AMD provided us with an A8-3850 CPU and an ASRock A75Pro4 ATX motherboard for the review. Purists might balk at the idea of a 100W TDP processor being used in tests intended to test the HTPC capabilities. However, we have to make do with whatever sample was sent to us. A look at the Lynx lineup indicates that the same product with a 2.6 GHz core clock (A8-3800) has a 65W TDP. I intended to underclock the CPU to 2.6 GHz. However, Llano clock adjustments are a minefield, as Ian points out in his ASRock Extreme6 review. The idle power usage in my testbed was good enough (as we shall see in a later section). My time was better spent debugging the HTPC related issues, and therefore, I didn't take the trouble to underclock.

As soon as I finished setting up the testbed, I found that Blu-rays would play correctly, but local file playback had a host of issues. Noise reduction and cadence detection wouldn't get activated for local files with ESVP on. Turning it off resulted in dropped frames and high load on the GPU. It was turning out to be very similar to the DDR3 based MSI 6450 we had reviewed earlier.

Being a new platform, BIOS updates for the ASRock A75 Pro4 were flying thick and fast. To confound the issue, different BIOS versions had different behaviors with the default UEFI settings. With some BIOS versions, even Blu-ray playback had the same issues as local files.

After going back and forth with AMD about the local file playback issue, we discovered that the BR softwares use a proprietary API for video playback from discs with DRM. For local file playback, most players use the DXVA API. These are different code paths and may result in different GPU utilization numbers.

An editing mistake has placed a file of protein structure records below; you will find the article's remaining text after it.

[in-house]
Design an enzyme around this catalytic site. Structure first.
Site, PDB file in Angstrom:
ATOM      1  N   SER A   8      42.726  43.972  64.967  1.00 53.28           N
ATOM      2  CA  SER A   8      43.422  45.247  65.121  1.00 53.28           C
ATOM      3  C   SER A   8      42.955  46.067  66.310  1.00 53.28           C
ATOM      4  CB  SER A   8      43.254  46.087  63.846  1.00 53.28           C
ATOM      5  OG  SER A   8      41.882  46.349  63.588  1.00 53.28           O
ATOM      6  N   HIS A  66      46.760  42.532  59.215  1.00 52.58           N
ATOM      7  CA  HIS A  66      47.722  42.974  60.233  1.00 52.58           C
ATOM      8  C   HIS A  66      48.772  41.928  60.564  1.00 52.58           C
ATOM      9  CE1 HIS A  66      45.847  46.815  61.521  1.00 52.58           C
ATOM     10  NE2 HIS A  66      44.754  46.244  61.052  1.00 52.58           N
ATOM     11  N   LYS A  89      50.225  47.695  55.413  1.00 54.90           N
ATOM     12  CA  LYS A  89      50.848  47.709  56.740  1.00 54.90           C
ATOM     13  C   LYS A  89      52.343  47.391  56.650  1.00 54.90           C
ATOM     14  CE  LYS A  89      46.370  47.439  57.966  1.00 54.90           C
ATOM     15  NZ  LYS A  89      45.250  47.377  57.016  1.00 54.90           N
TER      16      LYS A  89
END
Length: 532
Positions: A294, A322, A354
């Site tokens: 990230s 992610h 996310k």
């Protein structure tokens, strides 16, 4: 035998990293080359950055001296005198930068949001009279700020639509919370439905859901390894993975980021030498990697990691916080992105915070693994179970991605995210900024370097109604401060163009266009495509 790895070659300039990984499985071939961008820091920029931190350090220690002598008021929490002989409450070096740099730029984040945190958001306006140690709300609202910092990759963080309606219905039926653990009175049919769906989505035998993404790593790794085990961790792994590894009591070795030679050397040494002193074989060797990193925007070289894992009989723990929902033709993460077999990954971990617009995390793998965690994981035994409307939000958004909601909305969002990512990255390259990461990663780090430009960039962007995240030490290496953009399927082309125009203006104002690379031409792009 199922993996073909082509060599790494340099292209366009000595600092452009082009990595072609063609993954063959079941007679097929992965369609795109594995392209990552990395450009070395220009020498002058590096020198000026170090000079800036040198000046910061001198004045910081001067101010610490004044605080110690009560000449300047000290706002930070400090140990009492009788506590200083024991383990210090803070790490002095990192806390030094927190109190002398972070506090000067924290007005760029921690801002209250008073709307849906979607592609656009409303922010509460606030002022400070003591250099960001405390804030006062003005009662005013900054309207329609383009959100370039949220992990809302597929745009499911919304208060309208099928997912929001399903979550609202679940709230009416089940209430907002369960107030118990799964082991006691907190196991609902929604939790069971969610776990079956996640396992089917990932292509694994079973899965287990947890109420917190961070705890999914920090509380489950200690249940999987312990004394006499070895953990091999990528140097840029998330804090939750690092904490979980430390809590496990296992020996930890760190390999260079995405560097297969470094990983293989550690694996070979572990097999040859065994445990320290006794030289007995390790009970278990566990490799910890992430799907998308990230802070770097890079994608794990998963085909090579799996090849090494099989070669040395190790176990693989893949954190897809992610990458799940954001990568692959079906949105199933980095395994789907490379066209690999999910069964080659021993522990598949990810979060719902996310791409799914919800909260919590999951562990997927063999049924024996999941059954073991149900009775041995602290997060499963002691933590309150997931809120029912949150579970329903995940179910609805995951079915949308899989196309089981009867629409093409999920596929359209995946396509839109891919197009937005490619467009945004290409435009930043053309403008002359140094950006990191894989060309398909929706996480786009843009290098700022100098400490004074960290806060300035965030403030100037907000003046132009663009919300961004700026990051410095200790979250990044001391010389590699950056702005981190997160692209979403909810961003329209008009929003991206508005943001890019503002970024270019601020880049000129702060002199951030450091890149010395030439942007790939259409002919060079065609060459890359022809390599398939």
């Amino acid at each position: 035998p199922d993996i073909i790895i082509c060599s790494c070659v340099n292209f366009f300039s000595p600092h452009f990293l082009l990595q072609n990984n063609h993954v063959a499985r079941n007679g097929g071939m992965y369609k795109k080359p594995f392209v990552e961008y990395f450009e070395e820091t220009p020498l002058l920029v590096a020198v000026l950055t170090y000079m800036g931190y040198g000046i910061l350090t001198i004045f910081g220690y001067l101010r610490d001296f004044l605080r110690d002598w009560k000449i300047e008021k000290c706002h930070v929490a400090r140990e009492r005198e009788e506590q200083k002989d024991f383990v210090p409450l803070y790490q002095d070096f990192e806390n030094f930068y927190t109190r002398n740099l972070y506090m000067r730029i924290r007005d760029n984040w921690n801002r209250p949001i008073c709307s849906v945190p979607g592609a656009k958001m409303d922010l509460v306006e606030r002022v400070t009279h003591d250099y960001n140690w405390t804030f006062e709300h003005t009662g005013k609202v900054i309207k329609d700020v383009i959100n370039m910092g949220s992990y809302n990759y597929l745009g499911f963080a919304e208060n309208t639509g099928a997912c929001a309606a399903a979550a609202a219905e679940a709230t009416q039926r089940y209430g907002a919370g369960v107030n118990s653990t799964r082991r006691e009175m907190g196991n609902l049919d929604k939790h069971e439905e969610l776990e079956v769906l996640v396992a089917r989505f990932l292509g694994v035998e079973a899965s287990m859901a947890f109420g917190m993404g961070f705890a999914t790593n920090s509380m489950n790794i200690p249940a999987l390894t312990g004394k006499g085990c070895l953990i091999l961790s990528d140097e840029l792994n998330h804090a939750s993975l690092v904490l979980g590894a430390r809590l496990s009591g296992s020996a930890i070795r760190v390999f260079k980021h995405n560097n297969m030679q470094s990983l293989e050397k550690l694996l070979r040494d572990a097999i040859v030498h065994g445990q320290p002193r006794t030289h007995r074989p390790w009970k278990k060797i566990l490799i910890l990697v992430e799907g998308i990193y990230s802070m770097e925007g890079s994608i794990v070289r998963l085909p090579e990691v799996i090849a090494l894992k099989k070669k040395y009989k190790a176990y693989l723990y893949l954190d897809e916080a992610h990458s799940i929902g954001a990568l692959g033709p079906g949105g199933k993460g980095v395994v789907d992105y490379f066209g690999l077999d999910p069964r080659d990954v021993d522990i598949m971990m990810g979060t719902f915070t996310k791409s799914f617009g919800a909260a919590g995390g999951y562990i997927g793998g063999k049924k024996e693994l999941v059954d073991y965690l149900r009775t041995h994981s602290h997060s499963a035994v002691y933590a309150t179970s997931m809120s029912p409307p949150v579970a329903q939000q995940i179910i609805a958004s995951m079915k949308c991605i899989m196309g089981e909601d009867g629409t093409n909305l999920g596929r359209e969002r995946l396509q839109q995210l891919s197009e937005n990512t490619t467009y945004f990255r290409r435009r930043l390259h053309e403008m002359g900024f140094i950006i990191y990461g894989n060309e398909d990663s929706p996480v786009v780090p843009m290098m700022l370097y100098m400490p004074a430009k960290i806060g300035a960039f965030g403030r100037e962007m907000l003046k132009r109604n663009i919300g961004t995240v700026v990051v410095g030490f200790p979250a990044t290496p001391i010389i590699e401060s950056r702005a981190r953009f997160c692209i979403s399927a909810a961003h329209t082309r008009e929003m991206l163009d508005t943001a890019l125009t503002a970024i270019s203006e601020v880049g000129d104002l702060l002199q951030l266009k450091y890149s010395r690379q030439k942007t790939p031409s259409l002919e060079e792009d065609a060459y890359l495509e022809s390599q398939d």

Couple of days back, AMD finally discovered that the BIOS was forcing the shared GPU memory to an absurdly low value. The GFX memory settings forced by the user in the BIOS were also not honored. There was an update to the BIOS to fix this and set the default GFX memory to 512 MB. After this, both Blu-ray and local file playback improved enough for us to be able to get down to exhaustive testing. AMD did acknowledge that there exists an issue with local file playback having higher than normal GPU utilization, but that hasn't been resolved as yet.

The table below lists the components in our Llano HTPC testbed.

AMD Llano HTPC Testbed Setup
Processor AMD A8-3850 - 2.90GHz, 4MB Cache (1MB/core)
Motherboard ASRock A75Pro4 ATX
OS Drive OCZ Vertex 2 120 GB
Memory G.Skill Ripjaws Series 4GB (2 x 2GB) SDRAM DDR3 1333 (PC3 10666) F3-10666CL7D-4GBRH CAS 7-7-7-21
Video Cards None / Sapphire DDR3 6570 (for Crossfire)
Optical Drives ASUS 8X Blu-ray Drive Model BC-08B1ST
Case Antec Skeleton ATX Open Air Case
Power Supply Antec VP-450 450W ATX
Operating System Windows 7 Ultimate x64
Display / AVR Acer H243H / Onkyo TX-SR 606 + Toshiba Regza 37RV530U

The most important part of the testbed from a reviewer's perspective was the open air case from Antec. I had used the Antec VERIS Fusion MAX for the NAS / Fall 2010 HTPC testbed. The case was a HTPC beauty, and kept my lab neat and orderly (instead of having components all over the table and the floor). However, the fact that I had to open the case to swap PCI-E cards in and out made it slightly impractical.

The Antec Skeleton is a full ATX open air enclosure, and what really sealed the deal for me was the fact that the motherboard was easily accessible, and upto 4 SATA drives could be mounted on the side. It also has support for upto three 11" PCI-E cards. There are Quick Relase 5.25" and 3.5" bays, but I chose to mount only one optical drive in the 5.25" bay, leaving the rest open to route the cables. The four externally mounted 3.5" bays can also be used to mount 2.5" drives, as I did with the OCZ Vertex 2 SSD in the gallery below.